Potatoes (Solanum tuberosum) may begin to sprout or turn green if they're kept around for a while, especially if you've stored them in a dark place. It's not safe to eat the sprouts or the green tubers, but you can try recycling them to grow a crop of potatoes. Unless you're recycling organically grown potatoes, most grocery-store potatoes are treated with sprout-inhibiting chemicals that might result in suboptimal growth when compared to seed potatoes raised especially for gardening. Although any potato variety will work, those with small tubers such as "French Fingerling" work well in containers.
Potatoes that are still firm but beginning to sprout from the eyes give the best results. Eyes are the indentations where new growth occurs. If potatoes are mushy or have rotted areas, throw them away. Wash the potatoes to remove any soil or litter. Using a clean, sharp knife that's been dipped in rubbing alcohol, cut larger potatoes into smaller pieces, each containing at least one eye. You can leave egg-sized potatoes whole. To heal the fresh cuts, put potato pieces on a clean surface in a well-ventilated, dark place until the cut surfaces are dry and firm.
Container and Soil
Potato plants need a lot of root room to develop new tubers. Choose a pot that's 10 to 12 inches wide or larger and is about 24 inches deep. Containers should have multiple drainage holes. Wash pots in soapy water, rinse them in clear water and soak them in a solution of 1 part of household bleach to 9 parts water for at least five minutes. Rinse pots thoroughly with clean water. Rather than using garden soil, choose a quality indoor potting mix that contains perlite or vermiculite.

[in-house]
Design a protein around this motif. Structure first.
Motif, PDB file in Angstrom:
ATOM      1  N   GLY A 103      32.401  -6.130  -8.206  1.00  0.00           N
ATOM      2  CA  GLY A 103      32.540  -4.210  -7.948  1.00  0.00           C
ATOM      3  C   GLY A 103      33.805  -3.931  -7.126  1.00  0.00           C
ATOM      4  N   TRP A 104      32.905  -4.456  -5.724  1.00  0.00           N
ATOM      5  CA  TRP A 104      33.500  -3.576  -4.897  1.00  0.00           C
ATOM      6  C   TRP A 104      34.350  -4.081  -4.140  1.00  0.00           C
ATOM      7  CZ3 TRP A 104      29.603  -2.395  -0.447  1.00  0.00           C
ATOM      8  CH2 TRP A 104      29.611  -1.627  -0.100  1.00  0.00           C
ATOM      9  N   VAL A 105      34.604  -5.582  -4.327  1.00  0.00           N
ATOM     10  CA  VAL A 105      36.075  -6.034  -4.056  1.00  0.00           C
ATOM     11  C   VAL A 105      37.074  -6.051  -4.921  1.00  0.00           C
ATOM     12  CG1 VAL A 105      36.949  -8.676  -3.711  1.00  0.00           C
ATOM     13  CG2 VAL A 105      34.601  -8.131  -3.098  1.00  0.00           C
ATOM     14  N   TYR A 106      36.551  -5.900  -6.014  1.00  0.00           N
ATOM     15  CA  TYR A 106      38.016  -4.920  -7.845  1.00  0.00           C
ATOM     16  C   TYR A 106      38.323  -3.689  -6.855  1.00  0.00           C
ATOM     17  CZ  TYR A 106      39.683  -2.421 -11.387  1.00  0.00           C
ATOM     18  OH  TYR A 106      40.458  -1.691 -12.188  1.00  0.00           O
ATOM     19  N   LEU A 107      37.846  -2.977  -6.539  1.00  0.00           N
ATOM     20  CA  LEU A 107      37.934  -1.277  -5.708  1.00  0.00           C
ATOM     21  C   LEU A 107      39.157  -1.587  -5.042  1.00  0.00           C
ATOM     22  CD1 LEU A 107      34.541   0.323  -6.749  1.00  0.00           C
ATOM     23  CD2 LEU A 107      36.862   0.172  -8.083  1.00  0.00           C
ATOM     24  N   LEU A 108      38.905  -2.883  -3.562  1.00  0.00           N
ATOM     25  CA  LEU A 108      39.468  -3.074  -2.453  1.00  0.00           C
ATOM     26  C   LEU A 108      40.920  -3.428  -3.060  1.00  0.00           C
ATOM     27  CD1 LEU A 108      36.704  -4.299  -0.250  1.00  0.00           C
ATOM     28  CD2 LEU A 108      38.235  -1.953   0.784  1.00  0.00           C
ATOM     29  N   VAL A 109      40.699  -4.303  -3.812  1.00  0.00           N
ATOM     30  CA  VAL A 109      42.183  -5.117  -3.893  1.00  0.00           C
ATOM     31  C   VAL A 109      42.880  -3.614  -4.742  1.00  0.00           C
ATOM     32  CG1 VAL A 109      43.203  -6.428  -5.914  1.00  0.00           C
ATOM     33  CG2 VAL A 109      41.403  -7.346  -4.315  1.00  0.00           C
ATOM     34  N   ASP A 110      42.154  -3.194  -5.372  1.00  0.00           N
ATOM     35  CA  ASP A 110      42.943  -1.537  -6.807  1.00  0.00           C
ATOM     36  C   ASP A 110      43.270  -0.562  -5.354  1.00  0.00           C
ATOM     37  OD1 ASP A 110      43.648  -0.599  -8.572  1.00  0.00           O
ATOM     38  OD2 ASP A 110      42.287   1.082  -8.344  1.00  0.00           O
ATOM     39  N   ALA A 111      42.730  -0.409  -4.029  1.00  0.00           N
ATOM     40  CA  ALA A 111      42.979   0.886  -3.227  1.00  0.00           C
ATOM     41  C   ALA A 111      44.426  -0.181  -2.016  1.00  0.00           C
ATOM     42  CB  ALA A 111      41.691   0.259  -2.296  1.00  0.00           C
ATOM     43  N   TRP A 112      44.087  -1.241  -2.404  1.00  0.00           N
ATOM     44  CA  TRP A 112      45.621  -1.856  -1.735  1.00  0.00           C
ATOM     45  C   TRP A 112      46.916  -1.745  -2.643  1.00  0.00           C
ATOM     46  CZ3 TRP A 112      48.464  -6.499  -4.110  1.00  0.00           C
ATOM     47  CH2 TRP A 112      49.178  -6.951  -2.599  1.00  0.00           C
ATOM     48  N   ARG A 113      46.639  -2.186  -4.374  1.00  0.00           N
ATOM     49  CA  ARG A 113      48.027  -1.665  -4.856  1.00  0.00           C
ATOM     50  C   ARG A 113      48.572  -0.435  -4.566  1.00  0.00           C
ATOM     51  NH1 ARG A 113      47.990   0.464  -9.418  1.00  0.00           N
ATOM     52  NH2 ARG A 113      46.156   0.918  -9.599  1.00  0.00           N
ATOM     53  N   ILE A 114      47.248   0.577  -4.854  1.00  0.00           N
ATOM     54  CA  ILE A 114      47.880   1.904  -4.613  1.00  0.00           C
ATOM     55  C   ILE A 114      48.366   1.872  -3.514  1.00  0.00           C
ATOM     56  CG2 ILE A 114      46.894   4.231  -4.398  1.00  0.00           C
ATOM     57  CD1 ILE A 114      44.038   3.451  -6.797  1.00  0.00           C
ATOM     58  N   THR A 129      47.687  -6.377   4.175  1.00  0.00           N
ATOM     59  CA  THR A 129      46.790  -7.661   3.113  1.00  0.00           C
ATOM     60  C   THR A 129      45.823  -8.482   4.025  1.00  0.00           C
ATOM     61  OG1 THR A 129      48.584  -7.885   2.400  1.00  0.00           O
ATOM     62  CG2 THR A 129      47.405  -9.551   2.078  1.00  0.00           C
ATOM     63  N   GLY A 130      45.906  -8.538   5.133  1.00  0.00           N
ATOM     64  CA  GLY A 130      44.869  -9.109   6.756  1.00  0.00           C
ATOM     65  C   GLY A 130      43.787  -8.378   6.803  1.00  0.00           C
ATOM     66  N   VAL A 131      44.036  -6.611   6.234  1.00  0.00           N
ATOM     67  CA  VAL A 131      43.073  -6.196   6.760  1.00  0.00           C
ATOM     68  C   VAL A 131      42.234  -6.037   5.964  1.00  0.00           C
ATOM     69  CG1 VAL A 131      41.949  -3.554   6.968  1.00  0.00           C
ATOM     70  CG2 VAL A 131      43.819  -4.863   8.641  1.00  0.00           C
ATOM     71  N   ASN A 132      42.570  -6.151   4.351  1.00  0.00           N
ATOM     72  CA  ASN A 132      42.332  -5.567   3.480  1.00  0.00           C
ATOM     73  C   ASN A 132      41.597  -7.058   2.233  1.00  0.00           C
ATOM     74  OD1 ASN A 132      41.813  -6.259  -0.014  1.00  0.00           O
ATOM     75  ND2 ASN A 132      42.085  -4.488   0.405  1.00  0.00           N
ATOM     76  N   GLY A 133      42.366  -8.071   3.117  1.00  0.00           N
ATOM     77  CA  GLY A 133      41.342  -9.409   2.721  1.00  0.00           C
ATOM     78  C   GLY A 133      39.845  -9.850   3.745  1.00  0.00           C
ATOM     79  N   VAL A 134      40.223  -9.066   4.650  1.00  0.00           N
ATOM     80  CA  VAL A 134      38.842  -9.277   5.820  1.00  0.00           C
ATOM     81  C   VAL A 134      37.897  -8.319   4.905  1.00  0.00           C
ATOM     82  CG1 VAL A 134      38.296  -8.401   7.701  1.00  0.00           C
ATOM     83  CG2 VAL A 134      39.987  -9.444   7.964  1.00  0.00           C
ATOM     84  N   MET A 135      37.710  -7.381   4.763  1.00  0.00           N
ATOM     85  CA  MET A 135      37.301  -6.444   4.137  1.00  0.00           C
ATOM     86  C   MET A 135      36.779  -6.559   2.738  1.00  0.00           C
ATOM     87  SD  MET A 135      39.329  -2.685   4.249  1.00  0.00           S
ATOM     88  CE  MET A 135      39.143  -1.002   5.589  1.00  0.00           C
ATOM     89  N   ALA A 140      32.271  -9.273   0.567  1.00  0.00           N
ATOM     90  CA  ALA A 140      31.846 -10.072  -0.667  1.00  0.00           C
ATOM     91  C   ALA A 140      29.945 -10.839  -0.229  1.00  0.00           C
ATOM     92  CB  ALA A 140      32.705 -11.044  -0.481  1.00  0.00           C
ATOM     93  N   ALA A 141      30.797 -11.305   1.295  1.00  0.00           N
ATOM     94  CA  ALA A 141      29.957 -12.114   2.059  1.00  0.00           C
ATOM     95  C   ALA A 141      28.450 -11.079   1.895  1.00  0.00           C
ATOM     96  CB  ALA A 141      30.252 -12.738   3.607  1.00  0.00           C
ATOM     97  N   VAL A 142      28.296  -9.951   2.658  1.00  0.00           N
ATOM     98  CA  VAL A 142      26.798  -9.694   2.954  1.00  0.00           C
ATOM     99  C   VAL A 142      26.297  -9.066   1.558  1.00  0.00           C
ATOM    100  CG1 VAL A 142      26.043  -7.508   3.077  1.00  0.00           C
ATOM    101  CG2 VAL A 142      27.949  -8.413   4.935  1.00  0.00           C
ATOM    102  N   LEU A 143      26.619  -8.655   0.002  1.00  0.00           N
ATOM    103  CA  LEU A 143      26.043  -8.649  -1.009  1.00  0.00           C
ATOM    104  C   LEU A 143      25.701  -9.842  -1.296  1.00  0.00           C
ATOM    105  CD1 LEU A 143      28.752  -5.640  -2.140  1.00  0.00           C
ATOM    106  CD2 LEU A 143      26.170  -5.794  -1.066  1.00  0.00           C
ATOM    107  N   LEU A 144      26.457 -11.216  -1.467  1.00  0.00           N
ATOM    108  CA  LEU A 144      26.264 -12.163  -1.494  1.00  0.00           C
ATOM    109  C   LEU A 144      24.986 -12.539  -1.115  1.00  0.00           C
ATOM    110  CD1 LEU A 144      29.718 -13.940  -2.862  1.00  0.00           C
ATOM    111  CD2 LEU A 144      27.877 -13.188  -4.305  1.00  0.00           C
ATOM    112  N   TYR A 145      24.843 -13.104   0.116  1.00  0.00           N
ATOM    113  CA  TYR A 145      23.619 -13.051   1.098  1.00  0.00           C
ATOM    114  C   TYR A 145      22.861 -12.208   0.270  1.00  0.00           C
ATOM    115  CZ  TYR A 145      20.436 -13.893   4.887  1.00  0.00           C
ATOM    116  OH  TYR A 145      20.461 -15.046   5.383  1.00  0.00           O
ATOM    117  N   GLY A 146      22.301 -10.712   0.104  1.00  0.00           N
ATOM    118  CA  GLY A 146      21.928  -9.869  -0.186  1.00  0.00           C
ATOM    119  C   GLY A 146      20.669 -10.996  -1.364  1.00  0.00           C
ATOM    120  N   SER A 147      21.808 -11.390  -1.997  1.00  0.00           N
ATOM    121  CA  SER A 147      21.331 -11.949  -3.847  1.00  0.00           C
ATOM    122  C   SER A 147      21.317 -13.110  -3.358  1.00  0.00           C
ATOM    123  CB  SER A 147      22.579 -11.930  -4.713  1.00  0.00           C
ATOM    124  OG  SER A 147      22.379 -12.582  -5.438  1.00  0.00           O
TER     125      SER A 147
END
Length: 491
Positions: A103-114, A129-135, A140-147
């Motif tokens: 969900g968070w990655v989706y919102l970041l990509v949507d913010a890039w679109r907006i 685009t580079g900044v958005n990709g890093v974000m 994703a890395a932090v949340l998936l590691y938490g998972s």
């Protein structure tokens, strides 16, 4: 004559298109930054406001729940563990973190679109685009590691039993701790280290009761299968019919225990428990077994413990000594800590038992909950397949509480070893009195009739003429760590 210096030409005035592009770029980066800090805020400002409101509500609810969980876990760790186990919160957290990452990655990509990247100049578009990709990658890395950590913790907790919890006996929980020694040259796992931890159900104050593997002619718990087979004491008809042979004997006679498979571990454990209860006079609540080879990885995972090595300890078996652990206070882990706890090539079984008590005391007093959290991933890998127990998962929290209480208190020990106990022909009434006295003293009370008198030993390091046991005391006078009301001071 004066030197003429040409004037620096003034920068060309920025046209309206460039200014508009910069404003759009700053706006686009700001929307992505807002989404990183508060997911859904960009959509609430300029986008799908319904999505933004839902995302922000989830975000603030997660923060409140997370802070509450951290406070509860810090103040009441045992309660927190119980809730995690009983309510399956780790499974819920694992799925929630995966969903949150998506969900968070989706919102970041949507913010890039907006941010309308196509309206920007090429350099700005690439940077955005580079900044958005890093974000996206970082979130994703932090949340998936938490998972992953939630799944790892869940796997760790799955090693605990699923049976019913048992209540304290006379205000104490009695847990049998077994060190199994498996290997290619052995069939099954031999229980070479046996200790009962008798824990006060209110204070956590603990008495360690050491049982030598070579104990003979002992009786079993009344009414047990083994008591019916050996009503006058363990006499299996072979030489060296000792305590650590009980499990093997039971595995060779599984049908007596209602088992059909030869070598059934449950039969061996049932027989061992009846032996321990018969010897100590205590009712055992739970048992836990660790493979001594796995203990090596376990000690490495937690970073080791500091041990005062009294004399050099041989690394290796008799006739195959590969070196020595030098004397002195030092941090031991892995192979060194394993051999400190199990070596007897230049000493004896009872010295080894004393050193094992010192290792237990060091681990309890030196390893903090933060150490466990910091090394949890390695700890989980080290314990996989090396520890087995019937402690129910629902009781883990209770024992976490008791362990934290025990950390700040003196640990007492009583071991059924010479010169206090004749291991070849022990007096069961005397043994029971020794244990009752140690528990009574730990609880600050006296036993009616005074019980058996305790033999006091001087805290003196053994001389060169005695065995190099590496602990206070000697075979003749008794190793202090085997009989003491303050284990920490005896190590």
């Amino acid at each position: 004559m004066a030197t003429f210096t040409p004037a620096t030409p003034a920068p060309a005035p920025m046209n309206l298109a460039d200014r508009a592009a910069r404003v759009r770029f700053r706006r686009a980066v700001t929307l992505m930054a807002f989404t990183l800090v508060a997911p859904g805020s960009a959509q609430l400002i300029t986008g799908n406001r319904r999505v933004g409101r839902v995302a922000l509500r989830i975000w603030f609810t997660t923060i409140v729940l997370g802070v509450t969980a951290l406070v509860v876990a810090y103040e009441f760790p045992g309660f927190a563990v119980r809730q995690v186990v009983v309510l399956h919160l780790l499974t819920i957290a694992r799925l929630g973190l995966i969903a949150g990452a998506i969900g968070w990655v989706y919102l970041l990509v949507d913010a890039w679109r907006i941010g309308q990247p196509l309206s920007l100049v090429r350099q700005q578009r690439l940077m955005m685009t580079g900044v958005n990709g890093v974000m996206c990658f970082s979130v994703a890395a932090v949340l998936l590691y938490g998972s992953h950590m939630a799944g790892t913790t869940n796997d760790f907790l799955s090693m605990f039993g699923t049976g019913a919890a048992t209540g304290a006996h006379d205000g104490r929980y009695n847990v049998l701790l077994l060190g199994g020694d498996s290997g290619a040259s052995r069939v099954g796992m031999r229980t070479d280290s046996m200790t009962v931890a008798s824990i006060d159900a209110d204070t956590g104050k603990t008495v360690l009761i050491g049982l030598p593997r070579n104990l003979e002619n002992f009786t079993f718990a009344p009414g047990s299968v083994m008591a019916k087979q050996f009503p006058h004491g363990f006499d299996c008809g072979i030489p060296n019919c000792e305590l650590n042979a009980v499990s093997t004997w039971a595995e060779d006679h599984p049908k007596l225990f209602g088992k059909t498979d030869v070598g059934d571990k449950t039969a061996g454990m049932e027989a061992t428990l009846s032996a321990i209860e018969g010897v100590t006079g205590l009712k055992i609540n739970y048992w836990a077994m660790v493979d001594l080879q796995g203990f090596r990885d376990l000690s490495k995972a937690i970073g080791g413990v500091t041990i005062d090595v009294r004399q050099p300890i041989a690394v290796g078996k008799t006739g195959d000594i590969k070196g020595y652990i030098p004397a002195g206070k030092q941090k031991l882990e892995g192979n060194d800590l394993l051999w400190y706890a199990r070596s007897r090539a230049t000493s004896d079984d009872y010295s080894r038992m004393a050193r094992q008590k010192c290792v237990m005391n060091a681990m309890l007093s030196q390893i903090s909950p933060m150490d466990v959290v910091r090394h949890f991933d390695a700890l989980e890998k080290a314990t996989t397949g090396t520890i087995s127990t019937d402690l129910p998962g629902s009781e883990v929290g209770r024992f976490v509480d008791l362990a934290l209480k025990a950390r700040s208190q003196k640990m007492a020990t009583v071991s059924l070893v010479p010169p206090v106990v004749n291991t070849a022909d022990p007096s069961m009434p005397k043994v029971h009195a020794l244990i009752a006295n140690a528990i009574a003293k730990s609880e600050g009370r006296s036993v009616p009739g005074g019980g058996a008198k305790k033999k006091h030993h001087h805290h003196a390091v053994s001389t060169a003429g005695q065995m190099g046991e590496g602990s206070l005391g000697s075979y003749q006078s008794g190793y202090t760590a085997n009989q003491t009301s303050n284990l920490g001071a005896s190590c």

Planting and Spacing
New potatoes form on the growing potato stems. To give a maximum amount of potato-forming buried stem, start with only 6 inches of soil in the container. Space the potatoes or potato pieces, eye side up, 6 inches apart and 3 inches under the soil, keeping them 6 inches away from the sides of the container. Water the newly planted potatoes until water comes out of the drainage holes. When potato shoots reach 6 inches tall, add soil to cover the stem bases, leaving about 3 inches uncovered. Add more soil with each new 3 inches of stem growth, stopping when the surface is within 2 inches of the container top.
Water and Light
Once growth starts and potatoes are well-rooted, plants can grow quickly. Keep them well-watered without making the soil soggy, watering plants once or twice a week. You can allow the top 2 inches of soil to become dry. Plants need at least six hours of sunlight per day, so place them by a sunny window and rotate the pot 1/4 turn weekly. If enough natural light isn't available, provide supplementary artificial light.
Potatoes need a fertilizer that isn't high in nitrogen such as an organic vegetable fertilizer. Too much nitrogen encourages vegetative growth rather than tuber formation. Make organic fertilizer by combining 1 part bone meal, 4 parts soybean meal and 1/2 parts each of dolomitic lime, agricultural lime and kelp meal. Mix a couple of handfuls, or about 1/2 cup, into the soil before planting potatoes, and add one handful or 1/4 cup each time you add soil to the container. After that, add about a handful of fertilizer each month. Mix the fertilizer into the soil. Stop fertilizing when potatoes are forming flower buds. Potatoes usually grow as an annual crop in U.S. Department of Agriculture plant hardiness zones 3 through 9, with variation depending on variety. Potato plants shouldn't be exposed to freezing temperatures.